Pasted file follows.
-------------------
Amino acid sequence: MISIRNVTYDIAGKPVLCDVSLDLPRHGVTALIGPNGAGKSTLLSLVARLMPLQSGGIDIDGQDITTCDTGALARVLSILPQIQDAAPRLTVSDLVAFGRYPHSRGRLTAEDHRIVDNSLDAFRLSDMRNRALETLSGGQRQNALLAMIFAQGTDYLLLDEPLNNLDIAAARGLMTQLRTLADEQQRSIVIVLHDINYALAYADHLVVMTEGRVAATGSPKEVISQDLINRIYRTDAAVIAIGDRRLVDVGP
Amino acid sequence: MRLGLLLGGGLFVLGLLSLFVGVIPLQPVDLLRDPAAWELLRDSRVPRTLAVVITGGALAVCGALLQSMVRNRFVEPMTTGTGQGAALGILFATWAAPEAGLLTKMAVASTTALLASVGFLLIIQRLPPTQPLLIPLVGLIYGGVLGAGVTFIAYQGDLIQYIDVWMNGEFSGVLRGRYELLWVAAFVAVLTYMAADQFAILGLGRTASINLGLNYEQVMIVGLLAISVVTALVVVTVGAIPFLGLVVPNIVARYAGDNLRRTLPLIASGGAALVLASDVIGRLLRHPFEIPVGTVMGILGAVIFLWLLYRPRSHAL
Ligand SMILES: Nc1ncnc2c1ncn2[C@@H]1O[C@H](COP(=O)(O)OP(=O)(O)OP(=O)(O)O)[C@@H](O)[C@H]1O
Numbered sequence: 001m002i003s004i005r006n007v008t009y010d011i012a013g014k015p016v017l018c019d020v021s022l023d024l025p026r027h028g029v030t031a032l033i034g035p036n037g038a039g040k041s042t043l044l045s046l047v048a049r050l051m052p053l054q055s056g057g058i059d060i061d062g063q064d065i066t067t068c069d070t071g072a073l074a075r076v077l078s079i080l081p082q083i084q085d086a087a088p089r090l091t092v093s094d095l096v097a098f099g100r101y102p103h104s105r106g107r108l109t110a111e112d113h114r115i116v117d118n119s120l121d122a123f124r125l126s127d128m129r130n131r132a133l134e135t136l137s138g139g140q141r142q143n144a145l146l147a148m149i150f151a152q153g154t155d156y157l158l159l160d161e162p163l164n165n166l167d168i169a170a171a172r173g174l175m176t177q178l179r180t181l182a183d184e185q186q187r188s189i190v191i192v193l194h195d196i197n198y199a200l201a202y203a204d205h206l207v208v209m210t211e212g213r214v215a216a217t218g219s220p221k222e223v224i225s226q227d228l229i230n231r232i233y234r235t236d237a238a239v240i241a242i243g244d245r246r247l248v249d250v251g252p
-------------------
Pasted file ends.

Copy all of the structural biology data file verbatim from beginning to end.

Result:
Amino acid sequence: MISIRNVTYDIAGKPVLCDVSLDLPRHGVTALIGPNGAGKSTLLSLVARLMPLQSGGIDIDGQDITTCDTGALARVLSILPQIQDAAPRLTVSDLVAFGRYPHSRGRLTAEDHRIVDNSLDAFRLSDMRNRALETLSGGQRQNALLAMIFAQGTDYLLLDEPLNNLDIAAARGLMTQLRTLADEQQRSIVIVLHDINYALAYADHLVVMTEGRVAATGSPKEVISQDLINRIYRTDAAVIAIGDRRLVDVGP
Amino acid sequence: MRLGLLLGGGLFVLGLLSLFVGVIPLQPVDLLRDPAAWELLRDSRVPRTLAVVITGGALAVCGALLQSMVRNRFVEPMTTGTGQGAALGILFATWAAPEAGLLTKMAVASTTALLASVGFLLIIQRLPPTQPLLIPLVGLIYGGVLGAGVTFIAYQGDLIQYIDVWMNGEFSGVLRGRYELLWVAAFVAVLTYMAADQFAILGLGRTASINLGLNYEQVMIVGLLAISVVTALVVVTVGAIPFLGLVVPNIVARYAGDNLRRTLPLIASGGAALVLASDVIGRLLRHPFEIPVGTVMGILGAVIFLWLLYRPRSHAL
Ligand SMILES: Nc1ncnc2c1ncn2[C@@H]1O[C@H](COP(=O)(O)OP(=O)(O)OP(=O)(O)O)[C@@H](O)[C@H]1O
Numbered sequence: 001m002i003s004i005r006n007v008t009y010d011i012a013g014k015p016v017l018c019d020v021s022l023d024l025p026r027h028g029v030t031a032l033i034g035p036n037g038a039g040k041s042t043l044l045s046l047v048a049r050l051m052p053l054q055s056g057g058i059d060i061d062g063q064d065i066t067t068c069d070t071g072a073l074a075r076v077l078s079i080l081p082q083i084q085d086a087a088p089r090l091t092v093s094d095l096v097a098f099g100r101y102p103h104s105r106g107r108l109t110a111e112d113h114r115i116v117d118n119s120l121d122a123f124r125l126s127d128m129r130n131r132a133l134e135t136l137s138g139g140q141r142q143n144a145l146l147a148m149i150f151a152q153g154t155d156y157l158l159l160d161e162p163l164n165n166l167d168i169a170a171a172r173g174l175m176t177q178l179r180t181l182a183d184e185q186q187r188s189i190v191i192v193l194h195d196i197n198y199a200l201a202y203a204d205h206l207v208v209m210t211e212g213r214v215a216a217t218g219s220p221k222e223v224i225s226q227d228l229i230n231r232i233y234r235t236d237a238a239v240i241a242i243g244d245r246r247l248v249d250v251g252p